Everywhere you look there are green trap doors in the ground. These are actually where the hot springs were. They are now sealed off to protect them from vandals and contamination.
When they were open, people used to wade right in or soak their feet. In fact, there was a bit of a scandal when both men and women were soaking their feet at the same time. Gasp! So times were set up. Women in the morning, men in the evening.
If you want to take home hot spring water, you can get it for free at the jug fountains. There is a map of them at the visitors center. We filled up a jug and the water was HOT! We waited until it cooled down and drank it on our drive back home to Michigan.
Hot Springs Mountain Tower
There is an observation tower where you can look over Hot Springs, Arkansas. We hiked to the top instead of driving. As far as hikes go, it wasn’t all that interesting. You are in the forest, and there isn’t much to see besides trees and plants.
Once you get to the tower, you have to buy tokens to get to the top. If you have your National Park Pass, it is 50% off. We left ours in the car and had to pay full price. $8 each.
I don’t recommend the Mountain Tower overlook. Hot Springs looks just like any town surrounded by trees. It wasn’t worth the hike or the money in my opinion.
The Ohio Club
We ate at The Ohio Club, which is where the gangsters and famous people used to hang out. The place is full of history and has countless photos and newspaper clippings on the walls. There are no pictures because it was also dark as hell in there.
We are both vegan and the food was actually surprisingly good. Highly recommend. Especially if you like gangsters.
There is also a gangster museum in Hot Springs but we did not go to it. We looked in the window and saw a lot of fedoras, though.
There are two bathhouses that are still in operation today. The Quapaw is more modern and the Buckstaff offers a traditional bathing experience.
We decided to go with the traditional bathing experience at the Buckstaff. Let me tell you, there was a lot of should-we or shouldn’t-we going back and forth. I mean, it is weird and not something we would typically do. I’ve never been to a spa, let alone an old-fashioned one.
Man, am I glad we did.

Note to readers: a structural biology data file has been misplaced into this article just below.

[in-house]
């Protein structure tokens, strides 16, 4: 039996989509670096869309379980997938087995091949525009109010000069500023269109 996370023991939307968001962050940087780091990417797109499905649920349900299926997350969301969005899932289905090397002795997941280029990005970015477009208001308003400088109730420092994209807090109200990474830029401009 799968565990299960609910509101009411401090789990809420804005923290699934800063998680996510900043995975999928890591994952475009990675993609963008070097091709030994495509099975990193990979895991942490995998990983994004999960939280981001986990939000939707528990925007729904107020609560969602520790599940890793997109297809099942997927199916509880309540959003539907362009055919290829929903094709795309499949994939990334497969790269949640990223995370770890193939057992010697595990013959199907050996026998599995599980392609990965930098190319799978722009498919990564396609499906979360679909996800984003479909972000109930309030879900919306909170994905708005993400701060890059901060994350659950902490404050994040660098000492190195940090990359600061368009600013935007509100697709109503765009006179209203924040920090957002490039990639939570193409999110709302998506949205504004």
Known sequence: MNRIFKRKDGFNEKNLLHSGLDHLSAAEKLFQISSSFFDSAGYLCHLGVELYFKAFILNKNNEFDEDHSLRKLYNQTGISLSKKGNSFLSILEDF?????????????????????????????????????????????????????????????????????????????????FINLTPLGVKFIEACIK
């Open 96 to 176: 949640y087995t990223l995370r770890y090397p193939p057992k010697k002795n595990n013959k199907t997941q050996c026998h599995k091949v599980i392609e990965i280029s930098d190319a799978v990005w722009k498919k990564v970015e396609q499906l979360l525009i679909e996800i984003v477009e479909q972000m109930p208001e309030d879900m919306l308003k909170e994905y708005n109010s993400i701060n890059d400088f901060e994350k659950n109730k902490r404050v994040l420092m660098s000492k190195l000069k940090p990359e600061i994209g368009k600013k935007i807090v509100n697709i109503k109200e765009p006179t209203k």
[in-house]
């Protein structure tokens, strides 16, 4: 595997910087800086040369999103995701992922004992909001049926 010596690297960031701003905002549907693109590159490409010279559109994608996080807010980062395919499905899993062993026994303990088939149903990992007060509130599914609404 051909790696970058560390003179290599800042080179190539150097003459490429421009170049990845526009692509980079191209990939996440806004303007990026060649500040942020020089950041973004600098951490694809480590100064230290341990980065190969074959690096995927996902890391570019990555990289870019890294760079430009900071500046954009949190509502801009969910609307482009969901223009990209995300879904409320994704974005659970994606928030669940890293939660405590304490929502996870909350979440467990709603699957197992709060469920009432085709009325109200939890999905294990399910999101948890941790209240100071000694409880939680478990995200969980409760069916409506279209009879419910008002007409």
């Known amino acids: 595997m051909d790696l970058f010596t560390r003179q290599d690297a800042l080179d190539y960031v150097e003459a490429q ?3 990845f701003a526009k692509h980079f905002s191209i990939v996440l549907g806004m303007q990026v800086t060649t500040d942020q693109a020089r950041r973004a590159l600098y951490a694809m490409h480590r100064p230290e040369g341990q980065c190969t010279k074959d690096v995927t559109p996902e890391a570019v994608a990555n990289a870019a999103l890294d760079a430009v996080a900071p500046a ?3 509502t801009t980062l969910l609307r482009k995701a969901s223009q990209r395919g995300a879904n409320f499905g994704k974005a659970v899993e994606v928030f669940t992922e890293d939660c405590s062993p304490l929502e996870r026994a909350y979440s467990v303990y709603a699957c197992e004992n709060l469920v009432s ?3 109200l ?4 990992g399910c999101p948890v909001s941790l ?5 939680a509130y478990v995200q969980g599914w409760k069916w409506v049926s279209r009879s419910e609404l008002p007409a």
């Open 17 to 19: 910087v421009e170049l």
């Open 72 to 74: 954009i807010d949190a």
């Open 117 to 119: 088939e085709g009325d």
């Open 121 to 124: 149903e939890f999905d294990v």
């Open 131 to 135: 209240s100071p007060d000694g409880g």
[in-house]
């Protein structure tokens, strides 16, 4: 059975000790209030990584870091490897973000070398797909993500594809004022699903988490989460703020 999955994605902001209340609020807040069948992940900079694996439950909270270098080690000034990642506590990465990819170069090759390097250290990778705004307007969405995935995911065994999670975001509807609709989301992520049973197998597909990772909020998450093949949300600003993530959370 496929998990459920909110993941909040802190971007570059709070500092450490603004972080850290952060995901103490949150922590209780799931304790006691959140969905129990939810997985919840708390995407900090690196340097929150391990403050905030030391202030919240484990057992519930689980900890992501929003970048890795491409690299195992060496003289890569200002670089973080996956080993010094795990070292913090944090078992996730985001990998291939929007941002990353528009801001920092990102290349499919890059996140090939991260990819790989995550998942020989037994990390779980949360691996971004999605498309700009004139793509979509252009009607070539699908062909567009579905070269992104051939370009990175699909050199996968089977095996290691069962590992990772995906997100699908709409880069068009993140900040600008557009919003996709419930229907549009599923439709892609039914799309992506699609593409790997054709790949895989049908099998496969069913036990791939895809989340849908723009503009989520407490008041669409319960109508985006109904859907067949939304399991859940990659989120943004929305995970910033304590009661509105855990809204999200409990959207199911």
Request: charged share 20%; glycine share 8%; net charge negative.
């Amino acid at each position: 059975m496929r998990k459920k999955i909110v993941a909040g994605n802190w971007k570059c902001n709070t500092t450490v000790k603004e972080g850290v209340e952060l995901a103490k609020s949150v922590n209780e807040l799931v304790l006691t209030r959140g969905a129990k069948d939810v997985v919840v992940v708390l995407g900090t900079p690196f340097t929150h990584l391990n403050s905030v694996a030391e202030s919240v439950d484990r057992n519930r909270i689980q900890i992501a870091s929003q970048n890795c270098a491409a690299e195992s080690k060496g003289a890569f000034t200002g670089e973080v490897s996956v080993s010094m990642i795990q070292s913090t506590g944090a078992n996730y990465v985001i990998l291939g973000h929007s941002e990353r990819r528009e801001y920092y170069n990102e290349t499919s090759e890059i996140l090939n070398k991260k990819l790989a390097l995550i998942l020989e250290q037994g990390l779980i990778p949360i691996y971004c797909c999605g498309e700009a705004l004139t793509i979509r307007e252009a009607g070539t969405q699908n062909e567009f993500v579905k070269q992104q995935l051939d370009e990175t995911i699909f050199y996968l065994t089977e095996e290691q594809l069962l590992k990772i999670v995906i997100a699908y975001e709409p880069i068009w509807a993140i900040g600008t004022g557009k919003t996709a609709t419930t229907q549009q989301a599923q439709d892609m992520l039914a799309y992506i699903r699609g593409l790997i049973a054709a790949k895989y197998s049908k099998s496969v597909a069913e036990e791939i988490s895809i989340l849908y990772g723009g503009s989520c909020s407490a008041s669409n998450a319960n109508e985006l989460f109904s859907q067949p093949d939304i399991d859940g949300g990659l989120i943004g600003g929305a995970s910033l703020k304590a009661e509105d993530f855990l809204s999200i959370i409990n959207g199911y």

We opted for the Whirlpool Mineral Bath for $33 and the loofah for $4 extra, each. I thought it seemed like a lot of money for a bath but there is so much more than just a bath.
First you are led to an ancient elevator with a lever that an attendant has to slide into the right position. We went up to the women’s floor and were greeted by another attendant who led us into the changing room. My mom went naked. I kept my bathing suit bottoms on.
Then you are wrapped in a white sheet and your bathing attendant leads you to your century old bathtub with a personal whirlpool agitator that looks like a fifties’ version of a futuristic industrial hair dryer. You sit for 20 minutes in hot spring water and then she scrubs your arms and legs and back with the loofah you bought.
Then you are wrapped in the sheet again and led through a series of different services. There is the sitz bath where you sit in basically a porcelain bucket of hot spring water for 10 minutes.
There is a sauna where your head sticks out and your body steams. There is a table where they wrap you in hot wet towels with a cold towel on your head. And the last thing is the needle shower, which feels weird, and I want one. The whole time you are drinking cold spring water so you get cleansed inside and out.
My skin has never felt smoother. Seriously. All those people getting body wraps and stuff should just go to the Buckstaff and let a stranger loofah their back.
We got dressed, tipped our attendants using secret envelopes, and got in our car, relaxed.
We only spent a day at Hot Springs National Park and we did everything there was to do. But I know there are some people who still use the hot spring water as part of their healing regimen, and stay for weeks.
Hot Springs National Park is the strangest national park you will ever go to, but it is a key part of American history, and I am so glad I went. I HIGHLY RECOMMEND.